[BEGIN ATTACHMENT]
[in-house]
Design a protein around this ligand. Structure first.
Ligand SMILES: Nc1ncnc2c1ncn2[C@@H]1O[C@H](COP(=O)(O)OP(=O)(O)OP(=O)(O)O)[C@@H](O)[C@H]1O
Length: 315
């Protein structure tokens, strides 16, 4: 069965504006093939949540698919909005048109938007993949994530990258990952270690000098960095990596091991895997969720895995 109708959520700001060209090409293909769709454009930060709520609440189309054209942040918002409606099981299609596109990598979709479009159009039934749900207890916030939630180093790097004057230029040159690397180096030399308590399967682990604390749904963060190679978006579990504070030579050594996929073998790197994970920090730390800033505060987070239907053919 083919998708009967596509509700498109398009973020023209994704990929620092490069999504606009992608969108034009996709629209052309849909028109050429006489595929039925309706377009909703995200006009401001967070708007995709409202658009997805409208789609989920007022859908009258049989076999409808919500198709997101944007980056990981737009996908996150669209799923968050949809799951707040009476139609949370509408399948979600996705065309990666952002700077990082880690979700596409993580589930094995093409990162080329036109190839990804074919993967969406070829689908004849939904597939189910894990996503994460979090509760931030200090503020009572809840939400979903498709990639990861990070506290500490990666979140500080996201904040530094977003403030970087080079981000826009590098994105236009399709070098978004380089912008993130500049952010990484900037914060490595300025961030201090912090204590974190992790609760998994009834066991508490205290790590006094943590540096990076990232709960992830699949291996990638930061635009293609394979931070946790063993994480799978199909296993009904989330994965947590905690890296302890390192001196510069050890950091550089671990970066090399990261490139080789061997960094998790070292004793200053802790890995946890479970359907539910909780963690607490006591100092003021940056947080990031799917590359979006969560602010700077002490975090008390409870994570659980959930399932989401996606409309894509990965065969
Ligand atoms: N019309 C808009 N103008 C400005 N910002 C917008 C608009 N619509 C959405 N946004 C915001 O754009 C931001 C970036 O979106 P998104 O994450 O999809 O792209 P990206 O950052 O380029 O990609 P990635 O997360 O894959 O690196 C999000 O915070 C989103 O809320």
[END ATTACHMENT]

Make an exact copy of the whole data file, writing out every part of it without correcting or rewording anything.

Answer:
[in-house]
Design a protein around this ligand. Structure first.
Ligand SMILES: Nc1ncnc2c1ncn2[C@@H]1O[C@H](COP(=O)(O)OP(=O)(O)OP(=O)(O)O)[C@@H](O)[C@H]1O
Length: 315
């Protein structure tokens, strides 16, 4: 069965504006093939949540698919909005048109938007993949994530990258990952270690000098960095990596091991895997969720895995 109708959520700001060209090409293909769709454009930060709520609440189309054209942040918002409606099981299609596109990598979709479009159009039934749900207890916030939630180093790097004057230029040159690397180096030399308590399967682990604390749904963060190679978006579990504070030579050594996929073998790197994970920090730390800033505060987070239907053919 083919998708009967596509509700498109398009973020023209994704990929620092490069999504606009992608969108034009996709629209052309849909028109050429006489595929039925309706377009909703995200006009401001967070708007995709409202658009997805409208789609989920007022859908009258049989076999409808919500198709997101944007980056990981737009996908996150669209799923968050949809799951707040009476139609949370509408399948979600996705065309990666952002700077990082880690979700596409993580589930094995093409990162080329036109190839990804074919993967969406070829689908004849939904597939189910894990996503994460979090509760931030200090503020009572809840939400979903498709990639990861990070506290500490990666979140500080996201904040530094977003403030970087080079981000826009590098994105236009399709070098978004380089912008993130500049952010990484900037914060490595300025961030201090912090204590974190992790609760998994009834066991508490205290790590006094943590540096990076990232709960992830699949291996990638930061635009293609394979931070946790063993994480799978199909296993009904989330994965947590905690890296302890390192001196510069050890950091550089671990970066090399990261490139080789061997960094998790070292004793200053802790890995946890479970359907539910909780963690607490006591100092003021940056947080990031799917590359979006969560602010700077002490975090008390409870994570659980959930399932989401996606409309894509990965065969
Ligand atoms: N019309 C808009 N103008 C400005 N910002 C917008 C608009 N619509 C959405 N946004 C915001 O754009 C931001 C970036 O979106 P998104 O994450 O999809 O792209 P990206 O950052 O380029 O990609 P990635 O997360 O894959 O690196 C999000 O915070 C989103 O809320």